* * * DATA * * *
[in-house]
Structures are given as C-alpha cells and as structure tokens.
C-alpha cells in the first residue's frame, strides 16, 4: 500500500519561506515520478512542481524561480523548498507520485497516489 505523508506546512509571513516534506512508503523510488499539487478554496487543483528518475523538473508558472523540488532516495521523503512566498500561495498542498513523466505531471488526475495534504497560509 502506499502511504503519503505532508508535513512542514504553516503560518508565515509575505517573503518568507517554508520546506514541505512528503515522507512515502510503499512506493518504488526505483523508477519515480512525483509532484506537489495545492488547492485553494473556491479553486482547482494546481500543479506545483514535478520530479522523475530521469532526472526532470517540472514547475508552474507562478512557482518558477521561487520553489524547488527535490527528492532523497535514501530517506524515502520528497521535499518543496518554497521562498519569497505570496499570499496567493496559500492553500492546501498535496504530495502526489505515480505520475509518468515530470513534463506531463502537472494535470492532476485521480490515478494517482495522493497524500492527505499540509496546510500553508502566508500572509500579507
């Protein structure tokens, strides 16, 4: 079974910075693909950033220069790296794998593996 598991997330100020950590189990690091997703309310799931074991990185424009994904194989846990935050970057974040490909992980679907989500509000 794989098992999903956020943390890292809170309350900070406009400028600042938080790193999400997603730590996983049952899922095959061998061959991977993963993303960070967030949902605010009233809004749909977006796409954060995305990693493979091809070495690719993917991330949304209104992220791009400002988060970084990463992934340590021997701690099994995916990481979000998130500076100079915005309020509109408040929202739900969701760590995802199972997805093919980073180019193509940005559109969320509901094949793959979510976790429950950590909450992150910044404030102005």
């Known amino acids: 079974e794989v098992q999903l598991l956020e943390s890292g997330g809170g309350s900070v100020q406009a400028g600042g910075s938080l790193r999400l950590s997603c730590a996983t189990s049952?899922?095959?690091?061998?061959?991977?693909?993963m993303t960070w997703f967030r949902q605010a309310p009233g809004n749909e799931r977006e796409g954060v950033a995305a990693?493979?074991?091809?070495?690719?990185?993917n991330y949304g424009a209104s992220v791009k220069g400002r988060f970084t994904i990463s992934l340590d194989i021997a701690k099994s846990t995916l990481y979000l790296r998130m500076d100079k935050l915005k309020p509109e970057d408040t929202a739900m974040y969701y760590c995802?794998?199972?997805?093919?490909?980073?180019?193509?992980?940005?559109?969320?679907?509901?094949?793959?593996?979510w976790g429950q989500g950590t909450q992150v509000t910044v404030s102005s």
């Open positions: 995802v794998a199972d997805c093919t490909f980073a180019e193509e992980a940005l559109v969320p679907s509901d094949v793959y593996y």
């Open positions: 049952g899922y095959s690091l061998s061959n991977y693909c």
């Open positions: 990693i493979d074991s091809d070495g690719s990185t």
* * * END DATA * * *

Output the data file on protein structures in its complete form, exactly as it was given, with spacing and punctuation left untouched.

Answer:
[in-house]
Structures are given as C-alpha cells and as structure tokens.
C-alpha cells in the first residue's frame, strides 16, 4: 500500500519561506515520478512542481524561480523548498507520485497516489 505523508506546512509571513516534506512508503523510488499539487478554496487543483528518475523538473508558472523540488532516495521523503512566498500561495498542498513523466505531471488526475495534504497560509 502506499502511504503519503505532508508535513512542514504553516503560518508565515509575505517573503518568507517554508520546506514541505512528503515522507512515502510503499512506493518504488526505483523508477519515480512525483509532484506537489495545492488547492485553494473556491479553486482547482494546481500543479506545483514535478520530479522523475530521469532526472526532470517540472514547475508552474507562478512557482518558477521561487520553489524547488527535490527528492532523497535514501530517506524515502520528497521535499518543496518554497521562498519569497505570496499570499496567493496559500492553500492546501498535496504530495502526489505515480505520475509518468515530470513534463506531463502537472494535470492532476485521480490515478494517482495522493497524500492527505499540509496546510500553508502566508500572509500579507
């Protein structure tokens, strides 16, 4: 079974910075693909950033220069790296794998593996 598991997330100020950590189990690091997703309310799931074991990185424009994904194989846990935050970057974040490909992980679907989500509000 794989098992999903956020943390890292809170309350900070406009400028600042938080790193999400997603730590996983049952899922095959061998061959991977993963993303960070967030949902605010009233809004749909977006796409954060995305990693493979091809070495690719993917991330949304209104992220791009400002988060970084990463992934340590021997701690099994995916990481979000998130500076100079915005309020509109408040929202739900969701760590995802199972997805093919980073180019193509940005559109969320509901094949793959979510976790429950950590909450992150910044404030102005």
């Known amino acids: 079974e794989v098992q999903l598991l956020e943390s890292g997330g809170g309350s900070v100020q406009a400028g600042g910075s938080l790193r999400l950590s997603c730590a996983t189990s049952?899922?095959?690091?061998?061959?991977?693909?993963m993303t960070w997703f967030r949902q605010a309310p009233g809004n749909e799931r977006e796409g954060v950033a995305a990693?493979?074991?091809?070495?690719?990185?993917n991330y949304g424009a209104s992220v791009k220069g400002r988060f970084t994904i990463s992934l340590d194989i021997a701690k099994s846990t995916l990481y979000l790296r998130m500076d100079k935050l915005k309020p509109e970057d408040t929202a739900m974040y969701y760590c995802?794998?199972?997805?093919?490909?980073?180019?193509?992980?940005?559109?969320?679907?509901?094949?793959?593996?979510w976790g429950q989500g950590t909450q992150v509000t910044v404030s102005s």
């Open positions: 995802v794998a199972d997805c093919t490909f980073a180019e193509e992980a940005l559109v969320p679907s509901d094949v793959y593996y």
């Open positions: 049952g899922y095959s690091l061998s061959n991977y693909c």
């Open positions: 990693i493979d074991s091809d070495g690719s990185t």